Postwar Buildings (often referred to as ‘luxury doorman buildings’) are those built after WWII to the mid 1990's. They are high-rise buildings, often with smaller rooms and alcoves. Most feature through-the wall or central air conditioning and other amenities. Most have doormen.

Prewar Buildings were built before WWII. They usually have larger and wider rooms, fireplaces, hardwood floors and higher ceilings with moldings. Most, but not all, have hallways, entrance galleries, doormen and other amenities.

Town Houses or brownstones are single family houses that in some cases have been converted into multi-unit apartment buildings. Most of these were built in the late nineteenth and early twentieth century. Many offer gardens, fireplaces, and beautiful floors and ornamental interior details. Some are landmarked.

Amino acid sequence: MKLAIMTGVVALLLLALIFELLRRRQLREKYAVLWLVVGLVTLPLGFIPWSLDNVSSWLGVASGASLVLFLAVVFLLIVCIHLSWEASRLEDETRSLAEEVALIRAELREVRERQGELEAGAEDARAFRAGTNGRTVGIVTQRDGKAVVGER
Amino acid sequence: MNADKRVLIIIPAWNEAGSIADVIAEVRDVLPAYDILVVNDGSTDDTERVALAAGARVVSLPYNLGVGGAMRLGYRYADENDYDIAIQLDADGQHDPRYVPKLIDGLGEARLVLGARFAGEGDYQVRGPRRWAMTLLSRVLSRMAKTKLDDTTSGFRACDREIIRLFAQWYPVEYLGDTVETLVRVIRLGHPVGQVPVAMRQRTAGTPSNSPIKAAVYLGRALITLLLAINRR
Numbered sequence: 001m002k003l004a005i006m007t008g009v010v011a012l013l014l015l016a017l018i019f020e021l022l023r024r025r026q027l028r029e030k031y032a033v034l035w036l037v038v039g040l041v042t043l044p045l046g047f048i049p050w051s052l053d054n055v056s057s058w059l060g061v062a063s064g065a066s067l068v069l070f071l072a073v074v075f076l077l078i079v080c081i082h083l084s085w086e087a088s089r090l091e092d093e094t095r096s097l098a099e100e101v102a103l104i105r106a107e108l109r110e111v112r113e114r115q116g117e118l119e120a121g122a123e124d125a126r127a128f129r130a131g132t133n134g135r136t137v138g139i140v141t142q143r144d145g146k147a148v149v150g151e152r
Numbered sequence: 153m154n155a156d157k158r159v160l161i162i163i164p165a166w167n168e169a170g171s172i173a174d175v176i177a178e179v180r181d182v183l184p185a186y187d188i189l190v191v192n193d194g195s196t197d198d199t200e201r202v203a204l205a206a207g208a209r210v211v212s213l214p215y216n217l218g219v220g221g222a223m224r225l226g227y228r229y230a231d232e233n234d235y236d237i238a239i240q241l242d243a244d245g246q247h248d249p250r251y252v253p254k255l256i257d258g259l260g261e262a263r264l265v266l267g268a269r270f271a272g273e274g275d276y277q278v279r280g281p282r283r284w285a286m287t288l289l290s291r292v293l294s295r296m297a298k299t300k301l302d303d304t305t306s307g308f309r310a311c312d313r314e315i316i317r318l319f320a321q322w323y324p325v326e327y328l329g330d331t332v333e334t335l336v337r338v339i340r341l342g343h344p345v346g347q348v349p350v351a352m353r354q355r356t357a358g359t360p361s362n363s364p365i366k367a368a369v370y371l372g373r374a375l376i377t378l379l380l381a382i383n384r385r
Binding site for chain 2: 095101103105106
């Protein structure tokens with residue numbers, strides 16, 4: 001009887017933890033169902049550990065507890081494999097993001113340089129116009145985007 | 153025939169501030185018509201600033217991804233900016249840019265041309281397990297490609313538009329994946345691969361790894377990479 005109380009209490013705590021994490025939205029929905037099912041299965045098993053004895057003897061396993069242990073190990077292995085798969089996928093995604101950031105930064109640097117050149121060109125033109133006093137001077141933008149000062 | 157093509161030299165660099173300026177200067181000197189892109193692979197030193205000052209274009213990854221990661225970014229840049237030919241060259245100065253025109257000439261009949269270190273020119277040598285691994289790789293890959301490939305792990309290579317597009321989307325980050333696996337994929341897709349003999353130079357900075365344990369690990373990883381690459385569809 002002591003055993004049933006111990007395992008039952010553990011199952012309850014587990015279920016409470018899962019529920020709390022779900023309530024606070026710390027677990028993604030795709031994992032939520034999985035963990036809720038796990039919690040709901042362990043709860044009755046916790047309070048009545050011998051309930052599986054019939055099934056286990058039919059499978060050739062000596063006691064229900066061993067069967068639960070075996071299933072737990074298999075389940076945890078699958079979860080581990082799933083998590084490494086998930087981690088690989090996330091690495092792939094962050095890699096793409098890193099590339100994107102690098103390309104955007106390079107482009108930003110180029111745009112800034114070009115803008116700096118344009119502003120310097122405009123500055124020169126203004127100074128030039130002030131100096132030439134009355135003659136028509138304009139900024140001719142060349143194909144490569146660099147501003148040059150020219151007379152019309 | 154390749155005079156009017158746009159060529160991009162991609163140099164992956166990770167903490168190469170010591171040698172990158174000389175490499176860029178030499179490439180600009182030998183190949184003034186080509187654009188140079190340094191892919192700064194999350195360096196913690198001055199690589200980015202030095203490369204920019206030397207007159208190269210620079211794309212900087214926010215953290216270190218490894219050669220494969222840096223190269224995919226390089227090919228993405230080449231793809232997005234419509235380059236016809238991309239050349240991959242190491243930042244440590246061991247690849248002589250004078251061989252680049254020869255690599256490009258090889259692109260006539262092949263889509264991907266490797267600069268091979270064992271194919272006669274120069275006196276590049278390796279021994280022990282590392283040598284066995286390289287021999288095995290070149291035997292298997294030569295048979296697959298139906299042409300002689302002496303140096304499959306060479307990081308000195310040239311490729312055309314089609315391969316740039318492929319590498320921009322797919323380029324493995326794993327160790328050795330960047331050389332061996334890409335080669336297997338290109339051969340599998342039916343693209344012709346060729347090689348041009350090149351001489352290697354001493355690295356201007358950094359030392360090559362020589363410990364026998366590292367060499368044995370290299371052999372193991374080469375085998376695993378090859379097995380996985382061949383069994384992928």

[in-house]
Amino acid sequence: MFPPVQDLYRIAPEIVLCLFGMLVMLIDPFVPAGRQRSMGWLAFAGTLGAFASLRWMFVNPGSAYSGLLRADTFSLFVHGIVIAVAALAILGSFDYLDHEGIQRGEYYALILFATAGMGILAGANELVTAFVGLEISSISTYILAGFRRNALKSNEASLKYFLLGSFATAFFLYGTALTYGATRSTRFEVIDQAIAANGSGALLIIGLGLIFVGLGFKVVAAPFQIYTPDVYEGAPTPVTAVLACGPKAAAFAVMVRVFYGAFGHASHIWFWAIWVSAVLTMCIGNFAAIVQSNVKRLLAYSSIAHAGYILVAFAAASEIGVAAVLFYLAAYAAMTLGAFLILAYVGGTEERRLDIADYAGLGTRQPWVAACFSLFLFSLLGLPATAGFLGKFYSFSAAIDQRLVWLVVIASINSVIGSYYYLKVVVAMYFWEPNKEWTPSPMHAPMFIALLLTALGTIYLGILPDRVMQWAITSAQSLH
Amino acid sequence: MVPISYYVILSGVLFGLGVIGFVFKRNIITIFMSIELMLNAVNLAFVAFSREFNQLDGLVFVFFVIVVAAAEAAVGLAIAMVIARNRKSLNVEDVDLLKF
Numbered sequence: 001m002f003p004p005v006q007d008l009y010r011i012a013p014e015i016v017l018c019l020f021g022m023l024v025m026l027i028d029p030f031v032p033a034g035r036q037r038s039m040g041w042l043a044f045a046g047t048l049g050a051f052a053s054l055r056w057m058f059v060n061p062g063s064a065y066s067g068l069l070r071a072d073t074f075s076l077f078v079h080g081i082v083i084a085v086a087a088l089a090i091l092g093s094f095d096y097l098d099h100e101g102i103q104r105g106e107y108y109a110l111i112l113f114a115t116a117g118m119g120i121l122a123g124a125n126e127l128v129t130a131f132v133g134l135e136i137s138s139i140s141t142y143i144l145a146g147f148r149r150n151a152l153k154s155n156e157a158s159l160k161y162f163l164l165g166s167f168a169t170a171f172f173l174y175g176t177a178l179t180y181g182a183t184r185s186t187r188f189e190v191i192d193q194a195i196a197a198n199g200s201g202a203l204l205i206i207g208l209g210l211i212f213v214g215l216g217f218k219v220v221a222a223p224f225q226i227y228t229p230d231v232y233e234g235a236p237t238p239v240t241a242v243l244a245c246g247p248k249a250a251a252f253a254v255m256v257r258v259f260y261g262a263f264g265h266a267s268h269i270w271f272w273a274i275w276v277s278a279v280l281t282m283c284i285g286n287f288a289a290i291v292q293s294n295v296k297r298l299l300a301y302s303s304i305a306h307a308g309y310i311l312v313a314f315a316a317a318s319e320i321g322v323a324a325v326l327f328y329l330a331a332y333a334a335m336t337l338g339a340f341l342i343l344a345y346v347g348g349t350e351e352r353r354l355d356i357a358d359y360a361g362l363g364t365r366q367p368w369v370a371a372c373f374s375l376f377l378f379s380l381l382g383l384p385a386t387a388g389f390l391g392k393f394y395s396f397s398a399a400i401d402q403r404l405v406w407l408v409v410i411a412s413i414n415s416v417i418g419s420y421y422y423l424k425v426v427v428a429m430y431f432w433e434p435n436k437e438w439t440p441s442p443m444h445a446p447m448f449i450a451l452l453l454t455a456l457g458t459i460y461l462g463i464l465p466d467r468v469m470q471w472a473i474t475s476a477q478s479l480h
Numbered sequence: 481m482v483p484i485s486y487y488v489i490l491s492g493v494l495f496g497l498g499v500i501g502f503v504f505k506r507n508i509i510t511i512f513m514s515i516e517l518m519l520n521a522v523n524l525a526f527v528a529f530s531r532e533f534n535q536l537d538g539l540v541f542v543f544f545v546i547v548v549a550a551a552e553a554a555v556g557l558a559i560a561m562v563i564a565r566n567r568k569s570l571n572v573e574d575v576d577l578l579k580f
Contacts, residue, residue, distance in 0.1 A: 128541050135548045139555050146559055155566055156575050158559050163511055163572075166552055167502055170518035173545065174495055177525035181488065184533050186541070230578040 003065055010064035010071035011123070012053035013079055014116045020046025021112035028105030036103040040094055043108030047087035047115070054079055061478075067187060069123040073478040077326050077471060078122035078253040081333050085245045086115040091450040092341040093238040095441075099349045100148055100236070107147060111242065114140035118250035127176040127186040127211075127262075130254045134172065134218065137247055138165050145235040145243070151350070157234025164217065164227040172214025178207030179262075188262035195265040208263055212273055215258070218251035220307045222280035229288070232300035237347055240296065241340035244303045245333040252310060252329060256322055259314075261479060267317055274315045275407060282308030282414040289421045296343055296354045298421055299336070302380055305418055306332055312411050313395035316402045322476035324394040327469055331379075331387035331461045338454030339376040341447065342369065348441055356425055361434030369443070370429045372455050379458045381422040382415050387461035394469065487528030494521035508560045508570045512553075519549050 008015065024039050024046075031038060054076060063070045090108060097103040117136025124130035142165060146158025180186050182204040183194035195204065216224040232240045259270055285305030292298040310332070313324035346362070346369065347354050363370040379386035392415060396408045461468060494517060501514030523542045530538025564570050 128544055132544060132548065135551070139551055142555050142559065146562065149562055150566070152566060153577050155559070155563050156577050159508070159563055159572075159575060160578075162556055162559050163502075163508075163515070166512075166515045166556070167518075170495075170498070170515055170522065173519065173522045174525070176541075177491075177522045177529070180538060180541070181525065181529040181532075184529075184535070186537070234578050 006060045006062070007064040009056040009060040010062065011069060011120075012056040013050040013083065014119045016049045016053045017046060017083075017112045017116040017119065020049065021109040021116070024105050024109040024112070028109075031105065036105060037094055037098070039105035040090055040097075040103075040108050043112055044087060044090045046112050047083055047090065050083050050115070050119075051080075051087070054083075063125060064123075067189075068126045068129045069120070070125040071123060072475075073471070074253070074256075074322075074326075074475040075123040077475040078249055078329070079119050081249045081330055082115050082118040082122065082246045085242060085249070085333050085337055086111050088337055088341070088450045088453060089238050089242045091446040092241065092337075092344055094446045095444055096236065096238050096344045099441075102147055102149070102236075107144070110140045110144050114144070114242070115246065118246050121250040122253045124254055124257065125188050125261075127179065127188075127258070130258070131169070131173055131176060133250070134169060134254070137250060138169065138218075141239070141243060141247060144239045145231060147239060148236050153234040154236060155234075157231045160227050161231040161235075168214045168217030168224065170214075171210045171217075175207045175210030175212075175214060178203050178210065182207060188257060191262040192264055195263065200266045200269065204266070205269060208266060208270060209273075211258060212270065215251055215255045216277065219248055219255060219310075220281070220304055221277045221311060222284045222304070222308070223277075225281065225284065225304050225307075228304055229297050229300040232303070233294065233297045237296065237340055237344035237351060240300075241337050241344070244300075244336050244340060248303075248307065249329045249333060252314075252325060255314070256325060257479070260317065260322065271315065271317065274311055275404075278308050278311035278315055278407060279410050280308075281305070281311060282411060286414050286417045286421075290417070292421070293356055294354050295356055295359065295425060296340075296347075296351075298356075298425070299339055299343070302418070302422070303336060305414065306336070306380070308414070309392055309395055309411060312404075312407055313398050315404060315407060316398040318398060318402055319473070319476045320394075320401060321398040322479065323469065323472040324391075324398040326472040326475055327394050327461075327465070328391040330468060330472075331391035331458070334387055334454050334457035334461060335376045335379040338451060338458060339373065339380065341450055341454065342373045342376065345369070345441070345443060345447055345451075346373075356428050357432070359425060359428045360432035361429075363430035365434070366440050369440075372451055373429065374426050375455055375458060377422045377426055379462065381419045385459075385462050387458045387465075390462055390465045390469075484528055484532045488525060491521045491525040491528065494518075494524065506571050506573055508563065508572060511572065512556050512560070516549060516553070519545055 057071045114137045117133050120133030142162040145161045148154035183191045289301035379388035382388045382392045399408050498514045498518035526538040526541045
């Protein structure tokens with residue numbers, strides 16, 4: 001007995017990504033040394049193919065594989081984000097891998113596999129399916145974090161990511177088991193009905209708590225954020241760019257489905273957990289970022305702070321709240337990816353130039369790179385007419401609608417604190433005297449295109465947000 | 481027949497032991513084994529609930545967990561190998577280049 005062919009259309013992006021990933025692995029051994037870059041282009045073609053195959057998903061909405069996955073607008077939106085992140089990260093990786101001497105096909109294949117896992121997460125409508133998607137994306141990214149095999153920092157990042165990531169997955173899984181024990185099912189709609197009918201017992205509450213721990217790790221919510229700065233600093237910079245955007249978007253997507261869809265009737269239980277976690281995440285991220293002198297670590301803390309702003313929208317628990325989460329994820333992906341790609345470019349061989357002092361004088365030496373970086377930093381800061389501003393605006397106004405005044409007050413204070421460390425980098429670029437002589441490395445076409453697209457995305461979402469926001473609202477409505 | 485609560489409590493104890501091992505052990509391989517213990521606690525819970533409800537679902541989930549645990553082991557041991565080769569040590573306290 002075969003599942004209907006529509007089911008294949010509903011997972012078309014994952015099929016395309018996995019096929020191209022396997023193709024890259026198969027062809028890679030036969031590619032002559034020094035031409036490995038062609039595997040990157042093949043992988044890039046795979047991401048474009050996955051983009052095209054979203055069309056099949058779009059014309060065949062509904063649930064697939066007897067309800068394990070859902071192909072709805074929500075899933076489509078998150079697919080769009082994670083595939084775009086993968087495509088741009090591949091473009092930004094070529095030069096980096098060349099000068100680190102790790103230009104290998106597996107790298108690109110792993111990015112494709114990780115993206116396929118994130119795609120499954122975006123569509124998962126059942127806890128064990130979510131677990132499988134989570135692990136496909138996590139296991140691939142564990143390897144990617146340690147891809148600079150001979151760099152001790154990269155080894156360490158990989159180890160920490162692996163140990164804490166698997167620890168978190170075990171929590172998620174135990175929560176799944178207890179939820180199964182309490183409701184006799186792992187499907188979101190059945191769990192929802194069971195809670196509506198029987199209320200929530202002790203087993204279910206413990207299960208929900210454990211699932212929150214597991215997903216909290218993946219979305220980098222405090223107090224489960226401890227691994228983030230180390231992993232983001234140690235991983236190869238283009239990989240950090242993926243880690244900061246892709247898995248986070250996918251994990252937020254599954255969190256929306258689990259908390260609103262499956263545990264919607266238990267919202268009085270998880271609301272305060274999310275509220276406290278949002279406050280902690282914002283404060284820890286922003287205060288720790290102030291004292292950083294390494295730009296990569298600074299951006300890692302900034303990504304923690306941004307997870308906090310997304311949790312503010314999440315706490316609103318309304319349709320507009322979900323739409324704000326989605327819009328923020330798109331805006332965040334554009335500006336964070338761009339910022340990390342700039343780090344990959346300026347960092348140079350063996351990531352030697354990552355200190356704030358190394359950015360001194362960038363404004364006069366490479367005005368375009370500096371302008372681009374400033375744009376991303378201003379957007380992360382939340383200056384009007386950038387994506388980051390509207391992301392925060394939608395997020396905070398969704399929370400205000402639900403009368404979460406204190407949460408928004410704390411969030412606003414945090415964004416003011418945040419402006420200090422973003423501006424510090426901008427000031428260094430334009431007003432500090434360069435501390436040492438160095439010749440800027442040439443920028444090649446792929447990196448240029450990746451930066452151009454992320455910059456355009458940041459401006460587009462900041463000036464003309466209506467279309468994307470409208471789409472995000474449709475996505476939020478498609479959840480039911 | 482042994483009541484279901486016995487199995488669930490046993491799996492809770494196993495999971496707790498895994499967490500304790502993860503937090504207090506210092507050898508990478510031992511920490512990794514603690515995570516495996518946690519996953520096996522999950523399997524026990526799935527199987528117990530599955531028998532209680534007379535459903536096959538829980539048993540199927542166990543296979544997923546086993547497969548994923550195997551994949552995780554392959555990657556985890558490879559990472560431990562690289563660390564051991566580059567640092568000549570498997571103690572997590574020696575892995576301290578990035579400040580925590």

Loft Apartments are typically found in former commercial buildings that have been converted to residential use. These often feature open layouts, high ceilings and are mostly located in lower Manhattan.

Walk-up Buildings are usually five story buildings without an elevator or doorman. They are among the most affordable housing in Manhattan, but offer no services or amenities.

New Construction Condominiums which began in the mid 1990’s are either brand new buildings (or converted loft, commercial or rental buildings that are thoroughly gutted) with apartments that have large rooms, beautiful finishes, high ceilings, exquisite baths, spectacular kitchens, many with glorious views and penthouses. These buildings usually come with fabulous amenities including roof decks, fitness centers, indoor pools, wine cellars and are designed by leading designers/architects such as Phillip Johnson, Jean Nouvel, Richard Meier, and Robert AM Stern.